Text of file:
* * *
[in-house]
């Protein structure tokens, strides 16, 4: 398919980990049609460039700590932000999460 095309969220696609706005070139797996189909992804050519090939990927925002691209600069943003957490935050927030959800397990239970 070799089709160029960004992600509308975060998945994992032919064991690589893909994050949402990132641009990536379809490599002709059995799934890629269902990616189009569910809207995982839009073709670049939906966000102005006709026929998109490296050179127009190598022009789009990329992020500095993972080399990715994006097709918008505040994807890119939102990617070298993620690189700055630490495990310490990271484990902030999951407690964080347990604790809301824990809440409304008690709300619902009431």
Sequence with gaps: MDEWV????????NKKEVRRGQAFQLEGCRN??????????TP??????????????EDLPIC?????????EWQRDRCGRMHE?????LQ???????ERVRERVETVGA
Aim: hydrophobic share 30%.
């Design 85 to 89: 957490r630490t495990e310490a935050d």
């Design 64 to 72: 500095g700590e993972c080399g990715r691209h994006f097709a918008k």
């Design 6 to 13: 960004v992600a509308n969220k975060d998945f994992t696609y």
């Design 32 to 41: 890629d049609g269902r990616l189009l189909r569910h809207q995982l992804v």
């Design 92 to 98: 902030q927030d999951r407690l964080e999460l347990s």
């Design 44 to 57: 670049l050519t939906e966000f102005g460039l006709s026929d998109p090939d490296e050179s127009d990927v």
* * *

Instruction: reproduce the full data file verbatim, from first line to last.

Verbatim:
[in-house]
């Protein structure tokens, strides 16, 4: 398919980990049609460039700590932000999460 095309969220696609706005070139797996189909992804050519090939990927925002691209600069943003957490935050927030959800397990239970 070799089709160029960004992600509308975060998945994992032919064991690589893909994050949402990132641009990536379809490599002709059995799934890629269902990616189009569910809207995982839009073709670049939906966000102005006709026929998109490296050179127009190598022009789009990329992020500095993972080399990715994006097709918008505040994807890119939102990617070298993620690189700055630490495990310490990271484990902030999951407690964080347990604790809301824990809440409304008690709300619902009431």
Sequence with gaps: MDEWV????????NKKEVRRGQAFQLEGCRN??????????TP??????????????EDLPIC?????????EWQRDRCGRMHE?????LQ???????ERVRERVETVGA
Aim: hydrophobic share 30%.
């Design 85 to 89: 957490r630490t495990e310490a935050d």
């Design 64 to 72: 500095g700590e993972c080399g990715r691209h994006f097709a918008k």
């Design 6 to 13: 960004v992600a509308n969220k975060d998945f994992t696609y």
């Design 32 to 41: 890629d049609g269902r990616l189009l189909r569910h809207q995982l992804v």
């Design 92 to 98: 902030q927030d999951r407690l964080e999460l347990s």
């Design 44 to 57: 670049l050519t939906e966000f102005g460039l006709s026929d998109p090939d490296e050179s127009d990927v």